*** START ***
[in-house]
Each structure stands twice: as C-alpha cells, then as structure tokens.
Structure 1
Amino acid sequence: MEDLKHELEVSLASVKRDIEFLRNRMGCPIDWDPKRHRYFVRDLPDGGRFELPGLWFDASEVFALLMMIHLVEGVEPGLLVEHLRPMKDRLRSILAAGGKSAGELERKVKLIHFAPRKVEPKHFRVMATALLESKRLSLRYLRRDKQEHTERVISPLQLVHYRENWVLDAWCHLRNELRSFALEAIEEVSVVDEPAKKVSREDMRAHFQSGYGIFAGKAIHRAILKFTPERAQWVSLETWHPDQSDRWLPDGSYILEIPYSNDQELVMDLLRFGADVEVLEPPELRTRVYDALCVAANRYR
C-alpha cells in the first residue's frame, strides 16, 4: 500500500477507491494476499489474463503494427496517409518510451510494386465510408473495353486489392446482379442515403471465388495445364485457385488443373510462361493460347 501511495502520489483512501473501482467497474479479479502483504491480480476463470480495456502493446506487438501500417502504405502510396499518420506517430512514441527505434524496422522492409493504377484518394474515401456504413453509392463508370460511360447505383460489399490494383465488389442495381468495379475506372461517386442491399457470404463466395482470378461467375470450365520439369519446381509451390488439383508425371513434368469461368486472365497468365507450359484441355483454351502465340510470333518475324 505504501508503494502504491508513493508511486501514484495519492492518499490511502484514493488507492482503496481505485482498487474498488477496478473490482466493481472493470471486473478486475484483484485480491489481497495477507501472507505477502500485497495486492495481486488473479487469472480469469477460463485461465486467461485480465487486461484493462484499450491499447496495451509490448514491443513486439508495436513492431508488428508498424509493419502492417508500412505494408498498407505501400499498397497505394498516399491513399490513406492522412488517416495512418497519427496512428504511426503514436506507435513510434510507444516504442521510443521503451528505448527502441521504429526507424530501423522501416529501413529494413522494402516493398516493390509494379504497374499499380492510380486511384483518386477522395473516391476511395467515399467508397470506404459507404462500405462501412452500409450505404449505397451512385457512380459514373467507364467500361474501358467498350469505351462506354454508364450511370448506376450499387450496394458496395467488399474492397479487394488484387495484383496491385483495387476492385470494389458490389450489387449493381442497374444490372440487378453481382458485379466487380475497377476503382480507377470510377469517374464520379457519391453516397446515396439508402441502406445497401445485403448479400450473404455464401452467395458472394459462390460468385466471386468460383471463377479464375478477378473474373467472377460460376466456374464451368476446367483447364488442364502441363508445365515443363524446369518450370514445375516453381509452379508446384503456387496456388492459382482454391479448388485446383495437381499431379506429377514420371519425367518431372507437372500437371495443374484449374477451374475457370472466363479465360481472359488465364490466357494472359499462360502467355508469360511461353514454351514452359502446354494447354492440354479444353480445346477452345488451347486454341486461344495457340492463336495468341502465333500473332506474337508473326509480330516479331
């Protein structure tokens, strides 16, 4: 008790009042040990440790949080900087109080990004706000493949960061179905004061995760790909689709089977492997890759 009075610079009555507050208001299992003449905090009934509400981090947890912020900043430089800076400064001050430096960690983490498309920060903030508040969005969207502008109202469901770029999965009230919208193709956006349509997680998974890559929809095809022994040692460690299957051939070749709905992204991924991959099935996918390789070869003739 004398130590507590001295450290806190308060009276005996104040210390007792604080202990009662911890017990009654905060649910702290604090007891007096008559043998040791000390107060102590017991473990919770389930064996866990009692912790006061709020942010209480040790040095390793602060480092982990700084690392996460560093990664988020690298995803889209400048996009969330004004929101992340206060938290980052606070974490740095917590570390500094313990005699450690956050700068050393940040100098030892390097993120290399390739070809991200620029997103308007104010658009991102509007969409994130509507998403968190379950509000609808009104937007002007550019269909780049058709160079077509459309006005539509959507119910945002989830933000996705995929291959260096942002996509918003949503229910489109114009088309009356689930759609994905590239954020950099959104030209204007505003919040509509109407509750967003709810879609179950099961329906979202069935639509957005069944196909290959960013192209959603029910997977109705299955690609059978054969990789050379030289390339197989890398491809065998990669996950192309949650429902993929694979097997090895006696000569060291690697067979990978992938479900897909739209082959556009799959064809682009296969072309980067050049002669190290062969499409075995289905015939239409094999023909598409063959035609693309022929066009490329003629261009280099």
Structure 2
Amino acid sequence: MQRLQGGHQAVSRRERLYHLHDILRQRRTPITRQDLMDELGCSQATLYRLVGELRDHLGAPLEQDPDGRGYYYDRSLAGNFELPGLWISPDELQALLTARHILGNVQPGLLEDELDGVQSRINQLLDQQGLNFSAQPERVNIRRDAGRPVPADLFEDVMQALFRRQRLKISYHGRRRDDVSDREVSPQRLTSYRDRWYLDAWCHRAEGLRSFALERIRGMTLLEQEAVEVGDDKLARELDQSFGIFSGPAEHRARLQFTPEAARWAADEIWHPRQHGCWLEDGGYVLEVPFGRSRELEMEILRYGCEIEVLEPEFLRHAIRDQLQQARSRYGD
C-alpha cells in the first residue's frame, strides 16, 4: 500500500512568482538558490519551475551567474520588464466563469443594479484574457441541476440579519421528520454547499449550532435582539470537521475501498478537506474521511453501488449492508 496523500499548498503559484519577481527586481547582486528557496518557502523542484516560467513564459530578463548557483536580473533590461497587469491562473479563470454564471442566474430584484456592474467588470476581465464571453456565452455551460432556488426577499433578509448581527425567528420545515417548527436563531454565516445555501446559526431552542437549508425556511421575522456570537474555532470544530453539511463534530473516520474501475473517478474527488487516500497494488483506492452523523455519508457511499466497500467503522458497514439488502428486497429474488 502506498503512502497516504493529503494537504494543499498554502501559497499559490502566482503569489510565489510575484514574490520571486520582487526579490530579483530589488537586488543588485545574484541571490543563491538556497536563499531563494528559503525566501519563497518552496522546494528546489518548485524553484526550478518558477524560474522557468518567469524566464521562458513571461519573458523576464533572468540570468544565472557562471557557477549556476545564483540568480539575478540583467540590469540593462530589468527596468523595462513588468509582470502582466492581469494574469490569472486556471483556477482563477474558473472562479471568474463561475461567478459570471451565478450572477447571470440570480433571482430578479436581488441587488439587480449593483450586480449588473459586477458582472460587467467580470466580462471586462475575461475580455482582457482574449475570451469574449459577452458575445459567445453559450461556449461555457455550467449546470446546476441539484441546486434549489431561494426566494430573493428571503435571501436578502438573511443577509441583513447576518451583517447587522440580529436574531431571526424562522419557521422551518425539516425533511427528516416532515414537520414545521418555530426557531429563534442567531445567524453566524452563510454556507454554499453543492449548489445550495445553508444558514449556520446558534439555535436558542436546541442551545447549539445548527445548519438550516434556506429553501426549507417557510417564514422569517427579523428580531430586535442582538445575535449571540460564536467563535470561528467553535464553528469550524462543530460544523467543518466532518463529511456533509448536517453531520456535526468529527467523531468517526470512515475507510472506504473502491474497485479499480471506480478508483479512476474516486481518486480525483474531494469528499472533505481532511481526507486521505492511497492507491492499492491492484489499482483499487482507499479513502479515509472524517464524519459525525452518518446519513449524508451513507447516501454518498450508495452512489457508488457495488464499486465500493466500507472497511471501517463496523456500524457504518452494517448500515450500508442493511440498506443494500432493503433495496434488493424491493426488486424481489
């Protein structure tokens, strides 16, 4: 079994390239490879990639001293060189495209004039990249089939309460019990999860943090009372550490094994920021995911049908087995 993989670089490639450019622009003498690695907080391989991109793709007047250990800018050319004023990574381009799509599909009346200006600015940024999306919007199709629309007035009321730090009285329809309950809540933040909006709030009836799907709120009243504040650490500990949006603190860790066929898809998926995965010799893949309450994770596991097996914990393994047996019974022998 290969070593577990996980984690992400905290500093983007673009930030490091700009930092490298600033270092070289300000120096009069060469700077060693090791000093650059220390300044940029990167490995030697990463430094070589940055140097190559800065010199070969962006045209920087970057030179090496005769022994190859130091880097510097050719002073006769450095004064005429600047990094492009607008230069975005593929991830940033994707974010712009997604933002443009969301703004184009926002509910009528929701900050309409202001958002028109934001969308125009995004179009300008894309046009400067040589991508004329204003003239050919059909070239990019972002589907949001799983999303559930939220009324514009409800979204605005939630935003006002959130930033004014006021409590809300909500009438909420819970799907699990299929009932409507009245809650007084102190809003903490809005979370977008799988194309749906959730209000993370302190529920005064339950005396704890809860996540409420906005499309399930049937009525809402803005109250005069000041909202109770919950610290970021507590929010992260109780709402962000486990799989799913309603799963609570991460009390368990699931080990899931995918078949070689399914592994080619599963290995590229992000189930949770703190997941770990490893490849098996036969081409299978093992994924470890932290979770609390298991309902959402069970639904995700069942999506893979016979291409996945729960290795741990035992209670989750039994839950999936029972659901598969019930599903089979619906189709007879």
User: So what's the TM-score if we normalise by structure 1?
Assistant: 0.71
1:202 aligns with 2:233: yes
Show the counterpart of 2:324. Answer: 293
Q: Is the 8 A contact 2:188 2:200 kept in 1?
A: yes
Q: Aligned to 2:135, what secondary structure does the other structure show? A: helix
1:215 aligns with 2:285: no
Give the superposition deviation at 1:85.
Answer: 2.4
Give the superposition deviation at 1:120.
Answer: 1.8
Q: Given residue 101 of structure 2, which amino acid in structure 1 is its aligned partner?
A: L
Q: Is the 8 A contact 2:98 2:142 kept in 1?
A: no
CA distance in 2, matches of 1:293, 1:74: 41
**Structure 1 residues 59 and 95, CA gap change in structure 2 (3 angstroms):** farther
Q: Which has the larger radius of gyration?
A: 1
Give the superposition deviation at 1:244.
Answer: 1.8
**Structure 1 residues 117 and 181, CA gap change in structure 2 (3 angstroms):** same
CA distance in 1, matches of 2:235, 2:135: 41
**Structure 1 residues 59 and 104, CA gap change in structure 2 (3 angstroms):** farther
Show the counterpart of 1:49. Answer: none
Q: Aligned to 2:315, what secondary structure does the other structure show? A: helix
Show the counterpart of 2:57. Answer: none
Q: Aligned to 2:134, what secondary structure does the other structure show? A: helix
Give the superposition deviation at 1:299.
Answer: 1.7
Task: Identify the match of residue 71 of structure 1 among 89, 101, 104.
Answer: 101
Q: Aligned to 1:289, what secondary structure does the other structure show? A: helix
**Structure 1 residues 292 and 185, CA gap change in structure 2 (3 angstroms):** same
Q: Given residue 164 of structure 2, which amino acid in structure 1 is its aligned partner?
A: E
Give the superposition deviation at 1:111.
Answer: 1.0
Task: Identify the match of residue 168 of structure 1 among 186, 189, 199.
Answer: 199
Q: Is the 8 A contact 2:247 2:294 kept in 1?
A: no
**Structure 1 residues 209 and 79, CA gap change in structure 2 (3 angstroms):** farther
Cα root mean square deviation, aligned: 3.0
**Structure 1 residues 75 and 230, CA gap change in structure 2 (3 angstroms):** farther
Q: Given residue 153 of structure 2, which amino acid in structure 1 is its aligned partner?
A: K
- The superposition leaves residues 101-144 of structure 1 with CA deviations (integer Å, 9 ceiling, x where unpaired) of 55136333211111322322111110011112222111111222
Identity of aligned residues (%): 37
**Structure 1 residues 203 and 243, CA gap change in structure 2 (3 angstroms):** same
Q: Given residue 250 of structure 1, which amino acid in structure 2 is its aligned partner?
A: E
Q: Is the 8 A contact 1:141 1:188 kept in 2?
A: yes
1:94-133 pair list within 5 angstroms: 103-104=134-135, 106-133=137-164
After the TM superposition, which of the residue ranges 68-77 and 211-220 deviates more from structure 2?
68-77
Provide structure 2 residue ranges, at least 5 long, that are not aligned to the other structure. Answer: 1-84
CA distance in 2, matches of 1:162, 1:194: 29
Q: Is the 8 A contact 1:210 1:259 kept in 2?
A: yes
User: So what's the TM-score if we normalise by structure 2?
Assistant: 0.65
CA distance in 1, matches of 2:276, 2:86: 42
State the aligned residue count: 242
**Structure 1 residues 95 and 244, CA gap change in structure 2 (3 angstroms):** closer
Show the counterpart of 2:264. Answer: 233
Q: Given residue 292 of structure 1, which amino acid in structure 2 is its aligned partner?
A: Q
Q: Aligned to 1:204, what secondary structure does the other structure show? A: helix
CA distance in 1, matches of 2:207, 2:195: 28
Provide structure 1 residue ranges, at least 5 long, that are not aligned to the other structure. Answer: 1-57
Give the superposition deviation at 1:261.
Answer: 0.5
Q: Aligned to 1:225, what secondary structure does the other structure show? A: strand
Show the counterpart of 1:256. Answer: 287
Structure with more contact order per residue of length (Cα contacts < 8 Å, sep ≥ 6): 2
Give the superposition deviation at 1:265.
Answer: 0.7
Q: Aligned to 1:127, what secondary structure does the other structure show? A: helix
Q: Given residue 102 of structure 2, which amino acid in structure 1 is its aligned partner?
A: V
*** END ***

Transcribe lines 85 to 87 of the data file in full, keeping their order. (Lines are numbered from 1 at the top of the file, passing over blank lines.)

Answer: 0.5
Q: Aligned to 1:225, what secondary structure does the other structure show? A: strand
Show the counterpart of 1:256. Answer: 287